In addition to submissions made in the development of the Traveller Education Strategy, submissions were also made on education to the National Action Plan on Social Inclusion (NAPSincl) and the Children’s Rights Alliance Combined Second and Third Shadow Report to the UN Committee on the Rights of the Child. Presentations were made to the Emigrant Advice Network International Conference and AGM in November.

ITM’s joint submission with Pavee Point & NTWF on the DES Intercultural Education Strategy can be downloaded as a PDF here or viewed as a HTML here

Travellers in Education: Strategies for Equality 2004

In 2004, the ITM education report “Travellers in Education: Strategies for Equality” was published. This report looks at the existing education policies and the role of Traveller organisations in education provision and support.  This document can be downloaded as a a PDF by clicking  Travellers in Education

ITM Video ‘Moving On: Traveller and Third Level Education 2004

The ITM video “Moving On: Travellers and Third Level Education” was launched in conjunction with University College Cork in 2004. The video, which is also available as a DVD,  promotes the possibility and options for access to third level education for Travellers. If you wish to receive a copy of this video, please email The video costs €10 including post and packaging.

ITM information leaflet for Traveller parents on recent budget cuts May 2009

The ITM EWG produced an information leaflet for Traveller parents on the recent budget cuts. The leaflet can be adapted by groups to include local contact numbers etc.


Traveller Education: the Current Situation

Traveller pre-schools were set up prior to the investment in community childcare places under the Equal Opportunities Childcare Programme (EOCP) and the National Childcare Investment Programme (NCIP). In mid-2005 there was 45 Traveller pre-schools in existence.Most of them were established through voluntary, local development and later received support from the Department of Education and Science, the Department of Health and Children and various voluntary and charitable groups. Government policy as set out in the 2006 Strategy is to phase out segregated pre-school provision over a 5-10 year period. This process has started with Traveller pre-schools closing down where there are alternative places available in pre-schools in the community, where the Board of Management consider’s that the pre-school is no longer viable or at the recommendations of the Department’s Inspectorate. There are currently 29 segregated pre-schools for Travellers located throughout the country (link to list of pre-schools)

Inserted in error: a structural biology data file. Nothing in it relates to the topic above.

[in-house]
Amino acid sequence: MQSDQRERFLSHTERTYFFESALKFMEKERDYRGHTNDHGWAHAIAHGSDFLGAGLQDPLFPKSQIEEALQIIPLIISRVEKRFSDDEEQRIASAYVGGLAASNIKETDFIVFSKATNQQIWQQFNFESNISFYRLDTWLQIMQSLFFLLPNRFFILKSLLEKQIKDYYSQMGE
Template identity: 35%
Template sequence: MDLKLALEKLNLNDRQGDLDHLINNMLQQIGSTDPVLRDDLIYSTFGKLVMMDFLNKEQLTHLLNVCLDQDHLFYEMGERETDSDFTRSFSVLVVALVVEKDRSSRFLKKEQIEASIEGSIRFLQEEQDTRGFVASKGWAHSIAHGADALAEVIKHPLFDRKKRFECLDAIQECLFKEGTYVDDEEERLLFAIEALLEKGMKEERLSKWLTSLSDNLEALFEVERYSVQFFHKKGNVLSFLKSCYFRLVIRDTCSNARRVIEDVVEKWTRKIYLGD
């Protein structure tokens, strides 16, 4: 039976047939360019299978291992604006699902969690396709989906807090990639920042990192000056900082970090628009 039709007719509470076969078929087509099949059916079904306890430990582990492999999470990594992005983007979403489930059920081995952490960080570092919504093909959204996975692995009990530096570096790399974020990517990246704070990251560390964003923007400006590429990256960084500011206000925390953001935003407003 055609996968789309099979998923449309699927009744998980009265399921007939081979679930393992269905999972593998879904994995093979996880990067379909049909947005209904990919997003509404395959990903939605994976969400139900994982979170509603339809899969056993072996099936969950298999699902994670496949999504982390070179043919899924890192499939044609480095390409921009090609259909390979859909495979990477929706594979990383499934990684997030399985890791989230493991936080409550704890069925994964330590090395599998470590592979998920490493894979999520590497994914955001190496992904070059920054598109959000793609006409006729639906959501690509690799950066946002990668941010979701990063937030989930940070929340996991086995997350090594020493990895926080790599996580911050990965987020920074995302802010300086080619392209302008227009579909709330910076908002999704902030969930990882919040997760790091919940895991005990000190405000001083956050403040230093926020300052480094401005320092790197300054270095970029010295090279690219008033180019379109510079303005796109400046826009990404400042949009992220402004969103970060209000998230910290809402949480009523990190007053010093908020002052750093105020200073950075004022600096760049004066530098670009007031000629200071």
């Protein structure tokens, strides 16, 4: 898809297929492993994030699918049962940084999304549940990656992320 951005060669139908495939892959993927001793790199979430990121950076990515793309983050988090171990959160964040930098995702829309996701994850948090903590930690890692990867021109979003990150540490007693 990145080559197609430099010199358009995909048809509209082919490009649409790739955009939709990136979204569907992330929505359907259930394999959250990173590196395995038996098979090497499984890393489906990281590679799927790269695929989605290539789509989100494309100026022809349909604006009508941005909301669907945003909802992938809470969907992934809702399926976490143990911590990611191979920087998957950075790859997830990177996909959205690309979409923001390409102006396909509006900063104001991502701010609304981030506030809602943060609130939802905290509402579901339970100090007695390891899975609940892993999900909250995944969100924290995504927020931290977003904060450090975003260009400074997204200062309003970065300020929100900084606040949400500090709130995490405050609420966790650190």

As an alternative to closure, some Traveller pre-schools have closed and re-opened as integrated community pre-schools. The Department however does not grant-aid such integrated pre-schools on what it described as 'grounds of equity' with community pre-schools in general. These pre-schools instead are funded under the National Childcare Investment Programme and have a tiered system of fees in place based on parental income. 2008 saw 3 Traveller pre-schools operating as integrated provision.

It is important to note that some Traveller children also attend community childcare facilities and the 40 Early Start pre-schools around the country, and some Traveller children access private early-schooling. Attendance at pre-school gives the young children a valuable educational experience and prepares them for primary education.